Magazine article Screen International

Grab Your Partners

Magazine article Screen International

Grab Your Partners

Article excerpt

A groundbreaking report points to the social impact of a documentary film, spurred by a willingness to work with 15 different partners.

In a week of Oscar glamour, it's nice to be reminded that film can have an impact on people's daily lives in a way not measured by trophies or weekend box-office.

There is a fascinating new report about the social impact of Rupert Murray's documentary The End Of The Line, about the affects of over-fishing on the world's oceans.

The Britdoc Foundation (which also backed the film) has done the first report of its kind, tracking the impact of the film among UK adults.

We've all heard anecdotes of people who haven't stepped into a McDonald's since they saw Super Size Me, but this report gives us hard evidence of the way a film can impact a social issue.

The film had a UK theatrical release (via Dogwoof) in 2009 followed by airings on More4 and Channel 4, a DVD release and also a DVD giveaway in the Sunday Times newspaper.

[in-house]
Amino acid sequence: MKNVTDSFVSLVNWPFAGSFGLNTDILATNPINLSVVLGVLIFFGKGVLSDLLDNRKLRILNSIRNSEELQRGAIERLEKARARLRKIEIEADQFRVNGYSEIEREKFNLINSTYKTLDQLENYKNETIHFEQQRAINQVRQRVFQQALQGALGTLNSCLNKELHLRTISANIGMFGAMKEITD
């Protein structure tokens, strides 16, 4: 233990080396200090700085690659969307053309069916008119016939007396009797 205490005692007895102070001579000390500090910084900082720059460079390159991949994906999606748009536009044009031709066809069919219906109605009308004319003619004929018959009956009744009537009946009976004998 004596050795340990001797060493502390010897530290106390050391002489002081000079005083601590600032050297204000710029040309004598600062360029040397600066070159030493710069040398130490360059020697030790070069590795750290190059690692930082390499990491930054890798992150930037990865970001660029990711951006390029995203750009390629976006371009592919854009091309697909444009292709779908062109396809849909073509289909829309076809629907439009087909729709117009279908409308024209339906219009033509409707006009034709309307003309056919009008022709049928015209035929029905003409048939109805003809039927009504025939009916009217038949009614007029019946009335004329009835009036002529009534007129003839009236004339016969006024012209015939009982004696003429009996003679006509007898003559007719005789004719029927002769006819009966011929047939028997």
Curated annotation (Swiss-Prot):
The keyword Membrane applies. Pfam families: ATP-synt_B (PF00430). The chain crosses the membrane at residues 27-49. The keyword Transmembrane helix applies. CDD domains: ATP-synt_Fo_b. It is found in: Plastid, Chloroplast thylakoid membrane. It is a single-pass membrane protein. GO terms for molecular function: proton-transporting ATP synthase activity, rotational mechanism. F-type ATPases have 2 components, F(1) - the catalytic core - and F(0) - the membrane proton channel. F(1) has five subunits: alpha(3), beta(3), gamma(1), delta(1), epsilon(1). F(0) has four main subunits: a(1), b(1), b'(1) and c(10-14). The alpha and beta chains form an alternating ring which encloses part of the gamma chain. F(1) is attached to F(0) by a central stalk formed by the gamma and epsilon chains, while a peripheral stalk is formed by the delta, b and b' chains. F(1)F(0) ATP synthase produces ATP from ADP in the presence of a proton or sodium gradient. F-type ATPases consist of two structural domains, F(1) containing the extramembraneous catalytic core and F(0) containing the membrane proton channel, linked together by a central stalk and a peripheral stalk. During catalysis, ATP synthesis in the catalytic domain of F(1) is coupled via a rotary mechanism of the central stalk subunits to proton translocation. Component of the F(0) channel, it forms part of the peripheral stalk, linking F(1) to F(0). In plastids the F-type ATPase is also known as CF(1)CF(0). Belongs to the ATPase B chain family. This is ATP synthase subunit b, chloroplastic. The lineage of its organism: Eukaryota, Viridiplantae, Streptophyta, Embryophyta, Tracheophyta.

Before watching the film, 26% of people said that they didn't think overfishing was a big problem; after viewing, 85% said it was quite a big problem or one of the greatest problems facing us.

The press value of coverage of over-fishing had a PR value of £4m. For every person who had watched the film, another 510 people had heard about it. There was widespread press attention about the issue, and moments of luck like Stephen Fry tweeted how much he liked the documentary.

This report offers two reasons for celebration: 1) a film inspiring real social awareness in our overcrowded media-saturated world; and 2) the strength-in-numbers philosophy that can help a film grow via partners.

I'm struck by the number of parties that were involved in getting the word out - it wasn't just the overworked filmmakers and distributors flogging another independent documentary; they also had the might of at least 15 other partners - from Greenpeace to Waitrose to Surfers Against Sewage - on board. …

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